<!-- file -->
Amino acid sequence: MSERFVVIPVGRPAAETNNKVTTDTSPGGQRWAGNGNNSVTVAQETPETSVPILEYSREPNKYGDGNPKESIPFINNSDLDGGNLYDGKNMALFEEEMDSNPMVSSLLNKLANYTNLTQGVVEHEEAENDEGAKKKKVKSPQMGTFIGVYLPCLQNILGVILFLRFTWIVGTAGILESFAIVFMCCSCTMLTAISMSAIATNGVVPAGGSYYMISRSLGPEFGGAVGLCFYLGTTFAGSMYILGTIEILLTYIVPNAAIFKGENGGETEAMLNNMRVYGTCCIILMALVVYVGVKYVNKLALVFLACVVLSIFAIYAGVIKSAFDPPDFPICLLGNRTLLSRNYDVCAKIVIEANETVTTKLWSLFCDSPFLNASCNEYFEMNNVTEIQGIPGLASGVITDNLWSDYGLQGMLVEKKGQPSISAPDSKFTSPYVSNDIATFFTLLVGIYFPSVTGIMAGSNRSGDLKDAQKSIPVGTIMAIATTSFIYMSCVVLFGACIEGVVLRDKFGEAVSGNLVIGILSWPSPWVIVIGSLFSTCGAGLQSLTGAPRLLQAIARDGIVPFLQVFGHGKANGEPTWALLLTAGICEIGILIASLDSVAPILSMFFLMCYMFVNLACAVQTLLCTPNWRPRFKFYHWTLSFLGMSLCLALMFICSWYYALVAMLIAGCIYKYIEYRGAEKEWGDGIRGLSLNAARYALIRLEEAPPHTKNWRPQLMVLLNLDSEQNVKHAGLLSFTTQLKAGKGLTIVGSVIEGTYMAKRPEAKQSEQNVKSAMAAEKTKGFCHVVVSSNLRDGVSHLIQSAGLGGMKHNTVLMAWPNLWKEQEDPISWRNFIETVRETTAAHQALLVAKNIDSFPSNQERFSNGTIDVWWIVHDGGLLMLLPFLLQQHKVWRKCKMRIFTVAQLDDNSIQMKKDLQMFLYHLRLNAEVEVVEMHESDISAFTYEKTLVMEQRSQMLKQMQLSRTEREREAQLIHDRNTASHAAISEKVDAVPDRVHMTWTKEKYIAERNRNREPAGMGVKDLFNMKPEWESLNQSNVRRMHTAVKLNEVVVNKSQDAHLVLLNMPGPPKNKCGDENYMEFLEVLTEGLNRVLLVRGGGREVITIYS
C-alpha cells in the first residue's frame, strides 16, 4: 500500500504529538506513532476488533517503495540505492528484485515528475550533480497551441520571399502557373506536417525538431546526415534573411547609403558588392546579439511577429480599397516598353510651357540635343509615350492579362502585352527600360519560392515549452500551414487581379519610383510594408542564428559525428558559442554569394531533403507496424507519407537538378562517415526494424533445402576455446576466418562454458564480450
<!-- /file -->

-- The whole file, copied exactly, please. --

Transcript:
Amino acid sequence: MSERFVVIPVGRPAAETNNKVTTDTSPGGQRWAGNGNNSVTVAQETPETSVPILEYSREPNKYGDGNPKESIPFINNSDLDGGNLYDGKNMALFEEEMDSNPMVSSLLNKLANYTNLTQGVVEHEEAENDEGAKKKKVKSPQMGTFIGVYLPCLQNILGVILFLRFTWIVGTAGILESFAIVFMCCSCTMLTAISMSAIATNGVVPAGGSYYMISRSLGPEFGGAVGLCFYLGTTFAGSMYILGTIEILLTYIVPNAAIFKGENGGETEAMLNNMRVYGTCCIILMALVVYVGVKYVNKLALVFLACVVLSIFAIYAGVIKSAFDPPDFPICLLGNRTLLSRNYDVCAKIVIEANETVTTKLWSLFCDSPFLNASCNEYFEMNNVTEIQGIPGLASGVITDNLWSDYGLQGMLVEKKGQPSISAPDSKFTSPYVSNDIATFFTLLVGIYFPSVTGIMAGSNRSGDLKDAQKSIPVGTIMAIATTSFIYMSCVVLFGACIEGVVLRDKFGEAVSGNLVIGILSWPSPWVIVIGSLFSTCGAGLQSLTGAPRLLQAIARDGIVPFLQVFGHGKANGEPTWALLLTAGICEIGILIASLDSVAPILSMFFLMCYMFVNLACAVQTLLCTPNWRPRFKFYHWTLSFLGMSLCLALMFICSWYYALVAMLIAGCIYKYIEYRGAEKEWGDGIRGLSLNAARYALIRLEEAPPHTKNWRPQLMVLLNLDSEQNVKHAGLLSFTTQLKAGKGLTIVGSVIEGTYMAKRPEAKQSEQNVKSAMAAEKTKGFCHVVVSSNLRDGVSHLIQSAGLGGMKHNTVLMAWPNLWKEQEDPISWRNFIETVRETTAAHQALLVAKNIDSFPSNQERFSNGTIDVWWIVHDGGLLMLLPFLLQQHKVWRKCKMRIFTVAQLDDNSIQMKKDLQMFLYHLRLNAEVEVVEMHESDISAFTYEKTLVMEQRSQMLKQMQLSRTEREREAQLIHDRNTASHAAISEKVDAVPDRVHMTWTKEKYIAERNRNREPAGMGVKDLFNMKPEWESLNQSNVRRMHTAVKLNEVVVNKSQDAHLVLLNMPGPPKNKCGDENYMEFLEVLTEGLNRVLLVRGGGREVITIYS
C-alpha cells in the first residue's frame, strides 16, 4: 500500500504529538506513532476488533517503495540505492528484485515528475550533480497551441520571399502557373506536417525538431546526415534573411547609403558588392546579439511577429480599397516598353510651357540635343509615350492579362502585352527600360519560392515549452500551414487581379519610383510594408542564428559525428558559442554569394531533403507496424507519407537538378562517415526494424533445402576455446576466418562454458564480450